articles and materials other than foodstuffs, 70
might be of such character as to be injurious or
poisonous if employed in the sterilization of
food products, and for this reason I prefer to
employ a separate sterilization chamber I0 in
which- products other than foodstuffs maybe 75
sterilized and a separate sterilization chamber I l
containers 16, 11, and 18, valves 84 and 94 will
with separate pipe connections, convertor and
be closed.
other apparatus connected thereto for the treat
Upon closing valve 80a and then opening valve
86a the chemical agent such as carbon disul
phide, ethylene or any desired explosive gas will Ul
By using the two separate and distinct cham
be drawn from storage tank 81 into measuring
bers one for the treatment of food products and
tank 85 and the amount of such chemical agent
one for the treatment of other articles, I may
employ any desired types of gases which may be . thus supplied to tank 85 may beA viewed by the
level or gauge m and when the predetermined
indicated as necessary for the complete steriliza
ment of food products.
10 tion of the various articles, and I avoid the pos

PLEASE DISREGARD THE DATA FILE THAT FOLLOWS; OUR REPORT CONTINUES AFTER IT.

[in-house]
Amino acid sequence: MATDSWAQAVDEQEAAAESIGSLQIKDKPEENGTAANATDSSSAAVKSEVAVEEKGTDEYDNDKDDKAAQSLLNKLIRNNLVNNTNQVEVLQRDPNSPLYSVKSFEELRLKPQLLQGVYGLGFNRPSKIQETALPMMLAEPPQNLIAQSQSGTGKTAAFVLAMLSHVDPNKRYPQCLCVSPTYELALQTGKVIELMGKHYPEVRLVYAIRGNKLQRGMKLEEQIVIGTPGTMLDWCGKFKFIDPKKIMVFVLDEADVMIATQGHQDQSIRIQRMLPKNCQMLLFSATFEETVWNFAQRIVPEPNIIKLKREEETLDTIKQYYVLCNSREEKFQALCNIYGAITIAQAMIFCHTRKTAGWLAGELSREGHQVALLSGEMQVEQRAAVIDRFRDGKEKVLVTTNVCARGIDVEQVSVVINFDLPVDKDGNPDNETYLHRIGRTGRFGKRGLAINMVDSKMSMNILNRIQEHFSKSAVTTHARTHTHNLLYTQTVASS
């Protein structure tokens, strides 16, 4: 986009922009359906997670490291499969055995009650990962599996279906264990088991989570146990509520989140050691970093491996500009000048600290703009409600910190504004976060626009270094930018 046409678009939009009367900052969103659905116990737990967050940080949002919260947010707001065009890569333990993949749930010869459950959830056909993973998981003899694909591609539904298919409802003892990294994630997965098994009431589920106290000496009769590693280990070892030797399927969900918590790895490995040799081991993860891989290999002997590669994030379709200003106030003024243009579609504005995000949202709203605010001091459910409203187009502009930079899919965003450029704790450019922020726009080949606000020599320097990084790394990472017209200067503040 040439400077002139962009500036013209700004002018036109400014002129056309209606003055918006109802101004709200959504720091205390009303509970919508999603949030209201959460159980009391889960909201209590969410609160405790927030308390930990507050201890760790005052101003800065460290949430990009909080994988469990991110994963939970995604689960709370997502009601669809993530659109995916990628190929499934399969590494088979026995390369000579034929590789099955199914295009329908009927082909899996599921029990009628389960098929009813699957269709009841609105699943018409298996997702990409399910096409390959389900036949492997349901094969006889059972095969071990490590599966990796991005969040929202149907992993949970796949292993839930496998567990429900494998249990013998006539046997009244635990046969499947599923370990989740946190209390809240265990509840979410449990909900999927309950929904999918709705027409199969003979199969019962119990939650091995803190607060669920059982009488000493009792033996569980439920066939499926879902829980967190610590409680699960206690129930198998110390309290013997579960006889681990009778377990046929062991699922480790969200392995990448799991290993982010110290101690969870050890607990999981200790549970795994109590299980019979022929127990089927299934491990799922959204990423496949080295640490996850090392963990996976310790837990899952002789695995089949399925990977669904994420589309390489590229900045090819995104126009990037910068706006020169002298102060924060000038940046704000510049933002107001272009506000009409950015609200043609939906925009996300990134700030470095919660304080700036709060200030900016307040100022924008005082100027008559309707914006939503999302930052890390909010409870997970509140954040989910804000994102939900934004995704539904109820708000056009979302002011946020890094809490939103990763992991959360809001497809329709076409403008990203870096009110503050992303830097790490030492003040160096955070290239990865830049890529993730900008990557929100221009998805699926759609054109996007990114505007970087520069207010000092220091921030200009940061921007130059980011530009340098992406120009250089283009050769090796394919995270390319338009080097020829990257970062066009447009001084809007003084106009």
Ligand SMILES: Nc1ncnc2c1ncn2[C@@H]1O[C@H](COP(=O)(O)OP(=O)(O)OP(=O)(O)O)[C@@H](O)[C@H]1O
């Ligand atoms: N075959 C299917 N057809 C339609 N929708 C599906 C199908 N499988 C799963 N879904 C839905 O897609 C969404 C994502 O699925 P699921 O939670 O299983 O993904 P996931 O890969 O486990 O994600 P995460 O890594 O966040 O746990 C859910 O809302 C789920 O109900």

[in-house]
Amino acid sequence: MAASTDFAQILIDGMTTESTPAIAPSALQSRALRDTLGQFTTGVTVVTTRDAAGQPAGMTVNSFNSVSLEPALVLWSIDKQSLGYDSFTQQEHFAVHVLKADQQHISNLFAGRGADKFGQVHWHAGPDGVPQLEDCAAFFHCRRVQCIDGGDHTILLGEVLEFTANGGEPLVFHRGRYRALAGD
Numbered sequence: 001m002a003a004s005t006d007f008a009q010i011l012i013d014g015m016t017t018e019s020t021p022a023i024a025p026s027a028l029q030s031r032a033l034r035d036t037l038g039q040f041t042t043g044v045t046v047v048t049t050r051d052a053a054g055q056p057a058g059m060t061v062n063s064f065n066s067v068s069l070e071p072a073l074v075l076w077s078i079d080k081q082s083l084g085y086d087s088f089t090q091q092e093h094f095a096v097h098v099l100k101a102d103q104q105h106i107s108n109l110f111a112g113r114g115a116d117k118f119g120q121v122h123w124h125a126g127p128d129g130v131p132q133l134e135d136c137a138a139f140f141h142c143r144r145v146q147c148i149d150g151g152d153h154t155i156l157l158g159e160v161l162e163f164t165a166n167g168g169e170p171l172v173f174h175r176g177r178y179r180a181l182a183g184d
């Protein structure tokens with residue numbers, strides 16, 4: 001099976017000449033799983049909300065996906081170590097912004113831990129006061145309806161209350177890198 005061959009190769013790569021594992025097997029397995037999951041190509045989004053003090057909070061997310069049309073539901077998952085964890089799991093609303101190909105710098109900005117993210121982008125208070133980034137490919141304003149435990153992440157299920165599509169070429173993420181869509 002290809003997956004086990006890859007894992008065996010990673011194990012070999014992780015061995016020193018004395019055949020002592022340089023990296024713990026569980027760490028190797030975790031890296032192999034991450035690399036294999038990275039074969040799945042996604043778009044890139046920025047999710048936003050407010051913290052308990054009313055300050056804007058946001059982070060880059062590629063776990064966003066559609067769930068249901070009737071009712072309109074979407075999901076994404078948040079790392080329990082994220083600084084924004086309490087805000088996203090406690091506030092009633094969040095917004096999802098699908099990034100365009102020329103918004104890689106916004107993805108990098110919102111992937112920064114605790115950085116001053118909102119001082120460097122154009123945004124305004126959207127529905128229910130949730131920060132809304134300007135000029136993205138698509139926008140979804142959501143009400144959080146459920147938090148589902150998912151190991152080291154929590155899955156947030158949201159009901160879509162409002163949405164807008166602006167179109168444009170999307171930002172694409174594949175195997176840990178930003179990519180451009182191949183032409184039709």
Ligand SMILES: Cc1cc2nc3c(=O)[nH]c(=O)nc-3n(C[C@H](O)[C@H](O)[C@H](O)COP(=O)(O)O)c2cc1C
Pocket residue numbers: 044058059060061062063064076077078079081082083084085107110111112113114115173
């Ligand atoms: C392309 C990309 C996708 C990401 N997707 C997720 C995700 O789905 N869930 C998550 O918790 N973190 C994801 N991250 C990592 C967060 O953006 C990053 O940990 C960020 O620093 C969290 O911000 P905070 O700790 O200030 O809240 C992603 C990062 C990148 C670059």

sible contamination o! `the food products by
residue of injurious or harmful gases which
might be left clinging to the walls of the cham
ber or to the pipes leading thereto if a single
15 treatment chamber were to be employed for the
treatment of all such products. However, it will
be understood that the construction and opera
tion of both of the treatment chambers I0 and
Il is identical and hence a description directed
20 to one is equally applicable to the other.
When the device is to be used for the steriliza
amount of such chemical agent is supplied to
tank 85 valve 86a will be closed, and then valves
80a, 9i, 98a and 94 will be opened to draw such
gas through the generating chamber 23 and into
the treating chamber. The valve 94 should be